1. Home
  2. policy
  3. economy
  4. news
  5. Some Democrats are pushing for a Hail Mary attempt to win over Manchin on a climate deal after September. The odds are stacked against them.

Some Democrats are pushing for a Hail Mary attempt to win over Manchin on a climate deal after September. The odds are stacked against them.

Joseph Zeballos-Roig   

Some Democrats are pushing for a Hail Mary attempt to win over Manchin on a climate deal after September. The odds are stacked against them.
  • Democrats seem wary of going on a wild-goose chase to win over Manchin on climate.
  • The year-long negotiating chaos has yielded a skinny bill centered on healthcare.

Senate Majority Leader Chuck Schumer is advancing the skinny, healthcare package that Sen. Joe Manchin of West Virginia offered as a concession. But the Democratic lawmakers asking themselves "Is this it?" still aren't ready to throw in the towel on a climate deal with Manchin.

Several Senate Democrats such as Sen. Ed Markey of Massachusetts are pressing for a Hail Mary shot to secure the support of Manchin on another spending package after September. Beginning with the new federal fiscal year in October, Democrats can craft another reconciliation bill separate from the one they aim to pass within weeks, also capable of skirting fierce GOP opposition and passing with only a simple majority vote. Democrats floated the maneuver last fall when final passage appeared achievable by the end of 2021.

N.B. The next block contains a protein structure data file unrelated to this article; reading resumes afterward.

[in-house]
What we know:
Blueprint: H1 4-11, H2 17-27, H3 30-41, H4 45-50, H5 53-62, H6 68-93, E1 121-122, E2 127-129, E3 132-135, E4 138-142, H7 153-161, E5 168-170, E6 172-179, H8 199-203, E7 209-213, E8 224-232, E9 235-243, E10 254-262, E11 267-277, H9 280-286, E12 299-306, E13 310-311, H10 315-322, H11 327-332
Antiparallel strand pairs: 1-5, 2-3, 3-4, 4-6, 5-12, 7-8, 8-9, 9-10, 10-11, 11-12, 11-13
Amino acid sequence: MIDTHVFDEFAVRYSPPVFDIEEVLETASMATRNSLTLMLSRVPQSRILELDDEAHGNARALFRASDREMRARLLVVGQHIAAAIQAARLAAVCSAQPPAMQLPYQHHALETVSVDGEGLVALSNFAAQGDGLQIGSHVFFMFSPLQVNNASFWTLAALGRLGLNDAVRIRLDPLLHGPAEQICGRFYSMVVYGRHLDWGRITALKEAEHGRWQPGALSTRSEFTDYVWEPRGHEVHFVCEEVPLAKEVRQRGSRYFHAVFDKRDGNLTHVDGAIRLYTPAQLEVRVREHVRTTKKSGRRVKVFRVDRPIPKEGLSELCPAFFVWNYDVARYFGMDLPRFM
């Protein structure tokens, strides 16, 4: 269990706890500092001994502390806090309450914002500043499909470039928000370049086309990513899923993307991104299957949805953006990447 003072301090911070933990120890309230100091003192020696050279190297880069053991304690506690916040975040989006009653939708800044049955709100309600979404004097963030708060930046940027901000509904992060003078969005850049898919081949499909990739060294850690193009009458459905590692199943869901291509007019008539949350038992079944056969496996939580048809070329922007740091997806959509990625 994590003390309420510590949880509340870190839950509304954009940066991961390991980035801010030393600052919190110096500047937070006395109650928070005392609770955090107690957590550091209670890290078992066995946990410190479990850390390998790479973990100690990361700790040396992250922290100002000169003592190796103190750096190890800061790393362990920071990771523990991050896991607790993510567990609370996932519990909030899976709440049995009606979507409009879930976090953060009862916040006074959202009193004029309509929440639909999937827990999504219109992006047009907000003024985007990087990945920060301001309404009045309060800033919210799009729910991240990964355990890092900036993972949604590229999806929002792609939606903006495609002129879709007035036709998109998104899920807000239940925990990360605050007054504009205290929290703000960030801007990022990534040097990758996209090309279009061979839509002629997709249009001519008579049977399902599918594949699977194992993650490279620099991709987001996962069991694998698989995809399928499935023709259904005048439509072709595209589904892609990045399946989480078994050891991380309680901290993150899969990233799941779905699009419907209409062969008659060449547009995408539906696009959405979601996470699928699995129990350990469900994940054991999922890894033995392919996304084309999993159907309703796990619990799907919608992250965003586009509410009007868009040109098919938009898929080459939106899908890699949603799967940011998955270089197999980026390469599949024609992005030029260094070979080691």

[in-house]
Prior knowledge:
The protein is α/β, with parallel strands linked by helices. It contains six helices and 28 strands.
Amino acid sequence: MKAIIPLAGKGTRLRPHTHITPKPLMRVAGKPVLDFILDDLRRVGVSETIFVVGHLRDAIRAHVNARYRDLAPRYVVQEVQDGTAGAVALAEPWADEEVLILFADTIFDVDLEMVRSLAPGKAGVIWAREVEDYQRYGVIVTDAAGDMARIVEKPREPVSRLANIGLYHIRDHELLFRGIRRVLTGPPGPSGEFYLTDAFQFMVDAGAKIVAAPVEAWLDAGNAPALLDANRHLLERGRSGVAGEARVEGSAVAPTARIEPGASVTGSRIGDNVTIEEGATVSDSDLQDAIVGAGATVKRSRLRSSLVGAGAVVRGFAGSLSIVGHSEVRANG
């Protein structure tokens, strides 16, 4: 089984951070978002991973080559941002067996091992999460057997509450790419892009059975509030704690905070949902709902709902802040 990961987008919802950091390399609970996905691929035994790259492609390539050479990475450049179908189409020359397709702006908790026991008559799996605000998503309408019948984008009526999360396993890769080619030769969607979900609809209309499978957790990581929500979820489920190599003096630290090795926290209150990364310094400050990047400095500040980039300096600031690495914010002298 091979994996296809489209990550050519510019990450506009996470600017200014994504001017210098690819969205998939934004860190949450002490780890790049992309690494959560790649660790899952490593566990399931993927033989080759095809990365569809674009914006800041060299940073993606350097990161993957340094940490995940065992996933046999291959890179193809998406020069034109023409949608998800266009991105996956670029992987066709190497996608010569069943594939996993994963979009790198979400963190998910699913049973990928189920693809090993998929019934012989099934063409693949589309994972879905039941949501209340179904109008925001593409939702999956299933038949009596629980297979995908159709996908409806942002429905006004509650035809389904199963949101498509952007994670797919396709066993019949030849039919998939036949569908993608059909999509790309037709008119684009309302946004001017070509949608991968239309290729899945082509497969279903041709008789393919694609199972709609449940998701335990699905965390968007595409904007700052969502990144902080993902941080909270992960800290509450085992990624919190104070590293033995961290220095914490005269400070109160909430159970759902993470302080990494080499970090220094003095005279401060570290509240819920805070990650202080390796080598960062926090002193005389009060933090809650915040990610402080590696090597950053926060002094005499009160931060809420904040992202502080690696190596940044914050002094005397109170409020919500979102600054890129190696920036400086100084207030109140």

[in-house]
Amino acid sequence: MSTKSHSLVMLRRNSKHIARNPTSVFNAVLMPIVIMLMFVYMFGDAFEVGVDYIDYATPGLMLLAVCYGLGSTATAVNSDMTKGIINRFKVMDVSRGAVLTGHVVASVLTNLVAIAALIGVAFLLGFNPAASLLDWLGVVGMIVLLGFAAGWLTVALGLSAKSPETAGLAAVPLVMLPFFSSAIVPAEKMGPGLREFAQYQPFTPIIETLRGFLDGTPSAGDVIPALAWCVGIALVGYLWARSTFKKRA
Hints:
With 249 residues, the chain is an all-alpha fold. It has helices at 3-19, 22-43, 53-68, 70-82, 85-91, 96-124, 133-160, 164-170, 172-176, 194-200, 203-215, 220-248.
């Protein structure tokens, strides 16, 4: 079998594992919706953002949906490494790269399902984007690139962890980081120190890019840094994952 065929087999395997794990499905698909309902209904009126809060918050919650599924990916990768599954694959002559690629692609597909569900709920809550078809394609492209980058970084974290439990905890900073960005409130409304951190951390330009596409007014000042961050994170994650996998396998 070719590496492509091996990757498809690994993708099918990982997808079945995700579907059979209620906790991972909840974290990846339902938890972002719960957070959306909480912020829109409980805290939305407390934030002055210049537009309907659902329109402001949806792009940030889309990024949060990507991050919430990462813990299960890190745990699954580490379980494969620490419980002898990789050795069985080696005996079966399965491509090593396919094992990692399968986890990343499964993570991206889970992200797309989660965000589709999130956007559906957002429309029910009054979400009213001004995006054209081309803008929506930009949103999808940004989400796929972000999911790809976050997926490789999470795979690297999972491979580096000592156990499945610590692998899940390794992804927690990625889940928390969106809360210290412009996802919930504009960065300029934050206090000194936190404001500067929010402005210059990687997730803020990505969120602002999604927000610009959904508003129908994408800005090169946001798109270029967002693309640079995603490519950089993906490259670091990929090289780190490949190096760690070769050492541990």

But other Democrats seem incredulous at the prospect of getting anything on climate approved after the year-long, wild goose-chase Manchin led them on. In the end, all the procedural mayhem is poised to yield a healthcare bill that's a huge step down from their initial $3.5 trillion blueprint to reconfigure the American economy.

"Do you think it's possible?" Sen. Jon Tester of Montana responded to Insider with a puzzled look when asked about the chance of a second Democrat-only spending plan for climate.

"What's changed with this reconciliation bill or the next reconciliation bill?" Tester said with a laugh. "I think focus on this one, get this one done, get some healthcare and prescription drugs, then move on."

Democratic aides granted anonymity to speak candidly also largely expressed skepticism. One described it as "a pipe dream."

Such an endeavor rests on Manchin, the swerving conservative Democrat who hasn't made things easy for his party. He stunned many last week by yanking support for climate programs and tax hikes that he had backed for months, citing worsening inflation. Manchin offered to keep negotiating on climate or lend his vote for a healthcare bill centered on extending Obamacare financial aid and reining in the cost of prescription drugs. Democrats are pursuing the latter to secure a win and deliver on campaign promises years in the making.

Insider approached Manchin on Thursday to ask about a potential second reconciliation bill that deals with climate programs. He waved the question off and declined to comment.